Introduction to the mycorrhizal symbiosis

Arbuscular mycorrhizal fungi (AMF) live in plant roots. The fungi make plants grow better. Left: an AMF spore with hundreds of nuclei inside (photo M. Hijri). Right: a diverse plant community with AMF and a low diversity community without AMF (photo M. van der Heijden).

Here, and on the next pages, you can find out what the mycorrhizal symbiosis is and why it is so important globally, and especially about its potential in agriculture in the tropics.

Mycorrhizal symbioses are intimate associations between plant roots and fungi. Although you don’t see them because they are below-ground, almost all plants form mycorrhizal symbioses with fungi. There are different types of mycorrhizal fungi but over 60% of terrestrial plant species have one group of fungi, known as arbuscular mycorrhizal fungi, in their roots. Most plants in temperate and tropical ecosystems form symbioses with these fungi, as do most trees in tropical forests. All of our globally important crops form symbioses with arbuscular mycorrhizal fungi.

Why is the symbiosis important for plants?

Mycorrhizal fungi live in the roots of plants but also produce hyphae (small filaments) that grow out into the soil. All plants need phosphate to grow, but it is difficult for plants to obtain enough phosphate because it does not diffuse fast enough towards roots. Mycorrhizal fungi act as an extension of the root system and absorb phosphate and transport it back to the plant. They exchange the phosphate with the plant for carbohydrates. Because of this, plants can grow better with the symbiosis. In nature, all plants that can naturally form the symbiosis are colonised. Play the animation below to see how the symbiosis aids plant growth.

Mycorrhizal fungi are also known to help some plants during times of drought, can help the plant obtain other essential nutrients and can protect plants against pathogens.

Why are mycorrhizal fungi of global importance?

Phosphate reserves and feeding the global population: All plants need phosphate in order to grow. In most soils, plants have a difficulty getting enough phosphate. Mycorrhizal fungi help plants take up phosphate from the soil. Phosphate is applied to crops and in most places crop yields would not be high enough without addition of phosphate fertilizers. Phosphate is a finite resource and for many reasons phosphate reserves, which are so critical for feeding the world’s human population are becoming critically low. Because of the rapid population growth and the increasing demand for food, there is an increased demand for phosphate fertilizer. This has already lead to some countries banning the export of phosphate fertilizers and stockpiling phosphate for feeding the country’s future population. Additionally, the most effective phosphate fertilizers require energy for production meaning that their prices are linked to the changing price of oil, causing instability in food prices. Because arbuscular mycorrhizal fungi help plants obtain phosphate they could be used to help plants obtain enough phosphate and potentially allow us to use less phosphate fertilizer.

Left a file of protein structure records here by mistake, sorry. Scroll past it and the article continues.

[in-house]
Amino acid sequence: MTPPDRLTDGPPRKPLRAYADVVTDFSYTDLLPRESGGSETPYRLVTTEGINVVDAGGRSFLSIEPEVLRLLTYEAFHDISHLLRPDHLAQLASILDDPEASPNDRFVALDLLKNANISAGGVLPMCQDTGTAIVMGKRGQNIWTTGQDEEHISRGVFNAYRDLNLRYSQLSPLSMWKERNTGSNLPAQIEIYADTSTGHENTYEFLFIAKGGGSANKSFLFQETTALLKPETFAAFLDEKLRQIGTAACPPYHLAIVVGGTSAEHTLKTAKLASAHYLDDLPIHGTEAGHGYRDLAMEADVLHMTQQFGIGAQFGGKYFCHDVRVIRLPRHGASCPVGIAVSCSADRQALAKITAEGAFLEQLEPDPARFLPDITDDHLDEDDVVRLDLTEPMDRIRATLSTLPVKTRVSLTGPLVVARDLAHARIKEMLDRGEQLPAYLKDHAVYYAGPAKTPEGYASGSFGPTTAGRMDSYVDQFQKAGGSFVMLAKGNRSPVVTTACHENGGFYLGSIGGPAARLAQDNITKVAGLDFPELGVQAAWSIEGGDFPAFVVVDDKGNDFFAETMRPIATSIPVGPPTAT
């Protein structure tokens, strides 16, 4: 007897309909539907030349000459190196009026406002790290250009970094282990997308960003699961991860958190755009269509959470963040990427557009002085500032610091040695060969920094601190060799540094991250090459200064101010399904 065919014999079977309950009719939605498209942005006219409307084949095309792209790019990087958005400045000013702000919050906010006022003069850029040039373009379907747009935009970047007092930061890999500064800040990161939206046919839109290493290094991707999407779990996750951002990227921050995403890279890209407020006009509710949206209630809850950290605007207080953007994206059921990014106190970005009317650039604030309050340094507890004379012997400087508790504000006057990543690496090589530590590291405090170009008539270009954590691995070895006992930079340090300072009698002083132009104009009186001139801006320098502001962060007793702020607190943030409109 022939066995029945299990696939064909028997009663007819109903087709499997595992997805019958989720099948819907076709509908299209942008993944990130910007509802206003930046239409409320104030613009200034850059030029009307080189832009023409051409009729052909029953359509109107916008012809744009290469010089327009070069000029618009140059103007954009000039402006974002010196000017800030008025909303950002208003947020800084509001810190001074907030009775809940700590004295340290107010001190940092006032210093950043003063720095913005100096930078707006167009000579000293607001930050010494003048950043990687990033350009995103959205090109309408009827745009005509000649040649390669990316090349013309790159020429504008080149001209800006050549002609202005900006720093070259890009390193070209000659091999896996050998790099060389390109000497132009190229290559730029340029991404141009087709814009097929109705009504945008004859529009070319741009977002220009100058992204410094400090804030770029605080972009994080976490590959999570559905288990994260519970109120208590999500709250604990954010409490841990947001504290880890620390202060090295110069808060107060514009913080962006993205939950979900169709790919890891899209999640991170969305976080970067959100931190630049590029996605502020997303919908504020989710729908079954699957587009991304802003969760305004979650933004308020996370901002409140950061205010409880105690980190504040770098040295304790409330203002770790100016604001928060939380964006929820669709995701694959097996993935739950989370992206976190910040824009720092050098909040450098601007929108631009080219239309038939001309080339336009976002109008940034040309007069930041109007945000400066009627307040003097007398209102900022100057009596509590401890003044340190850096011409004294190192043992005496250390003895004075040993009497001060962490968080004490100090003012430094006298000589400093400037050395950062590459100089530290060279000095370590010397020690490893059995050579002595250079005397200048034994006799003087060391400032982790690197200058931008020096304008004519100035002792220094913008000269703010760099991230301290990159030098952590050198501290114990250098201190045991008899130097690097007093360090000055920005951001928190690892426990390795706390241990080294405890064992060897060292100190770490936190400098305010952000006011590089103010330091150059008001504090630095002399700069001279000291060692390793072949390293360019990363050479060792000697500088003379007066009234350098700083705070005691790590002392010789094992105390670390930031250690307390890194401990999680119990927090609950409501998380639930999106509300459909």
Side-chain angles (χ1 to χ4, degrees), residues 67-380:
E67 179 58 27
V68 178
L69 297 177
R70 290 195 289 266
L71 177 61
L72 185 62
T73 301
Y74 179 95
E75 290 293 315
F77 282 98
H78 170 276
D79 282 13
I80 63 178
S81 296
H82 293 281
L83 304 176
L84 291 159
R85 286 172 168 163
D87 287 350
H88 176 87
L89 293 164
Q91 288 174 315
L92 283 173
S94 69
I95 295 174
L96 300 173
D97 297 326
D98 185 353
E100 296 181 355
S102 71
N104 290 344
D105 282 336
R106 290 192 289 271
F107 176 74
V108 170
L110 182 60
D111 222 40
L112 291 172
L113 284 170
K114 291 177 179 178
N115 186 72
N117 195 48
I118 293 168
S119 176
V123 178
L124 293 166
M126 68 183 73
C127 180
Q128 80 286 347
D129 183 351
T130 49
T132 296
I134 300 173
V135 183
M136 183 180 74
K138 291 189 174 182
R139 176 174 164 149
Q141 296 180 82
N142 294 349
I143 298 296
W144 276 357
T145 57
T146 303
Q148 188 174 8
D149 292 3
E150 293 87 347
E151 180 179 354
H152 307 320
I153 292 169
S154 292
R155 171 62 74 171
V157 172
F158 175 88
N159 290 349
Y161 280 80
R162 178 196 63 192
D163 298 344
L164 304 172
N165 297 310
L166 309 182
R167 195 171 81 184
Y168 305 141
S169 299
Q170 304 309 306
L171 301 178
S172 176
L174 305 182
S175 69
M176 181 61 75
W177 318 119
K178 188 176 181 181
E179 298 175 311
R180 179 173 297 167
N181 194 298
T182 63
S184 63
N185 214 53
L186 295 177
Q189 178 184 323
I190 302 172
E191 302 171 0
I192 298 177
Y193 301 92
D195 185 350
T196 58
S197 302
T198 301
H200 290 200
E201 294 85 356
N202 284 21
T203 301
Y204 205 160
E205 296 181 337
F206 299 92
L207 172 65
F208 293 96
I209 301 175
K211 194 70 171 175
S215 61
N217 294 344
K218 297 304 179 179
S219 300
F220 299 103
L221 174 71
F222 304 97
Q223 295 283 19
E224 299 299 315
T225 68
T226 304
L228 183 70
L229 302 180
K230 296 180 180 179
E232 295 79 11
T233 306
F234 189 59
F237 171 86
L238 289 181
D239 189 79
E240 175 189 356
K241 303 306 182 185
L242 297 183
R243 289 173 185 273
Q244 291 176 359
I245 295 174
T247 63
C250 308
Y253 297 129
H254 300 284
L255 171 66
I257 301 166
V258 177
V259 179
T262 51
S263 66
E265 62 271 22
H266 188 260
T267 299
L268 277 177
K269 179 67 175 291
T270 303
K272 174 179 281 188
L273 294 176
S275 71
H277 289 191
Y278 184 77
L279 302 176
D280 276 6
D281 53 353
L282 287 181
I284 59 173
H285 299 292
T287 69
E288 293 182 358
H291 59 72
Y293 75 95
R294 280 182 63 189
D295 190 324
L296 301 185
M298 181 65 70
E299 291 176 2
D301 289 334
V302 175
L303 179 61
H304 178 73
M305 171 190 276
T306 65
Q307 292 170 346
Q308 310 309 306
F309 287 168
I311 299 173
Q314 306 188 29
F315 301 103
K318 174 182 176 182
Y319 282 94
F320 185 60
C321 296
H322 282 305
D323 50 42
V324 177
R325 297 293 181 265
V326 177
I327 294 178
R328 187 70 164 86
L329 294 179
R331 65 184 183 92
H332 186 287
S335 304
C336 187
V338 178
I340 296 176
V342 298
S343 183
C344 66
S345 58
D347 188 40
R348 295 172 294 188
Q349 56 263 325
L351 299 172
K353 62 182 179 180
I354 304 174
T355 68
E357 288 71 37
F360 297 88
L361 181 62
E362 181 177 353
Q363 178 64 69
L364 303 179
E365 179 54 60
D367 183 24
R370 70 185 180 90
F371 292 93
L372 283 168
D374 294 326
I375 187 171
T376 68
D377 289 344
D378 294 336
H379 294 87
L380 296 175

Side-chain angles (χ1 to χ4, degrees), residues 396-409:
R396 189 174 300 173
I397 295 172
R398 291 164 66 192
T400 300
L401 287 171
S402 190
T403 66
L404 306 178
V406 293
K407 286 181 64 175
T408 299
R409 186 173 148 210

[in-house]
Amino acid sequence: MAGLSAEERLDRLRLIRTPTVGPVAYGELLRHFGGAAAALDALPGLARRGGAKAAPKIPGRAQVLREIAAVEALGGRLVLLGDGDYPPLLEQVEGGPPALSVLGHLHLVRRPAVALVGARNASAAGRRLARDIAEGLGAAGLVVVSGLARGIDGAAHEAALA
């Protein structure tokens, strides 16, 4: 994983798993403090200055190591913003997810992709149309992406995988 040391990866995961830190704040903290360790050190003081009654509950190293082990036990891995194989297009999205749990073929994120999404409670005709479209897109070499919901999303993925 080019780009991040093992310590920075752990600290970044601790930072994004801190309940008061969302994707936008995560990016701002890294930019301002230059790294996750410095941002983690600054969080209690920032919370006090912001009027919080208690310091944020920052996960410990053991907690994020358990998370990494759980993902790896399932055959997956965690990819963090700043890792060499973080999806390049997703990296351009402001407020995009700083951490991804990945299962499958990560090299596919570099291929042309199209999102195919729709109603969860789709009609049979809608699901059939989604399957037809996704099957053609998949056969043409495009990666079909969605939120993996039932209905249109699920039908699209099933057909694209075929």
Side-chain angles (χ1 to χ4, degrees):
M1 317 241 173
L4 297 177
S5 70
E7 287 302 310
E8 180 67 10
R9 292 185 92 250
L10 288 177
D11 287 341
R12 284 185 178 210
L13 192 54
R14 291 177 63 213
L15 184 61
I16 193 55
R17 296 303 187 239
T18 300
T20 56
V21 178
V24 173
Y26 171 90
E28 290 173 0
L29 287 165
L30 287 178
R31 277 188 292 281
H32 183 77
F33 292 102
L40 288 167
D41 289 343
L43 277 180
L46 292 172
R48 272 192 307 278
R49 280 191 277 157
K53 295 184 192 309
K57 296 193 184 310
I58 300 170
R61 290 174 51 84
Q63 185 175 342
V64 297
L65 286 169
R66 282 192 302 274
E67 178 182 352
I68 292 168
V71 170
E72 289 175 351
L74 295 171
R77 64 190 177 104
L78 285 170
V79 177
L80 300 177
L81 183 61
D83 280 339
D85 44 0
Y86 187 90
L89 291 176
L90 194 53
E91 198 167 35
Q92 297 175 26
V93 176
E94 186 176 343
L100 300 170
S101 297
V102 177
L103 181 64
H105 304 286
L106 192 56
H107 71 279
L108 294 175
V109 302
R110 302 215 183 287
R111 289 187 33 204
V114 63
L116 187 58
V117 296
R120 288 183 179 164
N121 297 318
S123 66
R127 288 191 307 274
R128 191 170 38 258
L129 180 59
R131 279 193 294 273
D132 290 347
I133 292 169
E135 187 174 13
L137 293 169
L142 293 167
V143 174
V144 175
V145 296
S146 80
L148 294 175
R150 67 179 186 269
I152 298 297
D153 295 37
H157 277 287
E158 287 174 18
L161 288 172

The enormous potential of mycorrhizas in sustainable tropical agriculture

Because mycorrhizal fungi can only help plants take up phosphate that is already present in the soil you might think that if you add fertilizer then these fungi are not needed. However, in many soils, that is not the case. Phosphate diffuses only slowly towards roots, but in addition, phosphate becomes bound to soil particles. This is why plants cannot easily obtain it. Mycorrhizal fungal hyphae (small fungal filaments) can grow towards and absorb the phosphate more efficiently than roots. Many tropical soils are very low in phosphate but are also acidic. In these soils, the phosphate is bound so readily to the soil particles that plants have extreme difficulty obtaining this essential nutrient. When farmers add phosphate, a very large amount of it ends up bound to soil particles and is not available to the plant even though it is there. Mycorrhizal fungi can still obtain that phosphate. The traditional approach of farmers and agronomists is to just add more and more fertilizer but this is extremely expensive and inefficient. Another approach is to use mycorrhizal fungi and not add so much phosphate fertilizer.

If you are interested in mycorrhiza application in the tropics then see my pages about their use in agriculture and our applied research in Colombia

Ecology, plant diversity and global carbon and phosphate cycles

We already know that diversity of mycorrhizal fungi plays a key role in promoting plant diversity and productivity – see the photo at the top of this page to see one effect on plant diversity. It seems likely that this important symbiosis also plays a key role in both global carbon and phosphate cycles. So far, this contribution has been little investigated. However, we know that about 20% of plant photosynthate is directed below-ground to mycorrhizal fungi. This ends up in the hyphal filaments which have a high turnover. So a lot of carbon is sequestered in the soil via the symbiosis. In addition, given that the symbiosis plays a key role in plant phosphate nutrition and in moving phosphate from the soil to the plant, it is a key link in the phosphate cycle.

* Visit my other pages Genetics and Colombia to find out about my groups basic and applied research*

More reading

If you want to know more in detail about the mycorrhizal symbiosis then I recommend the excellent book The Mycorrhizal Symbiosis by S.E. Smith & D.J. Read, Academic Press. which is available at all good online bookstores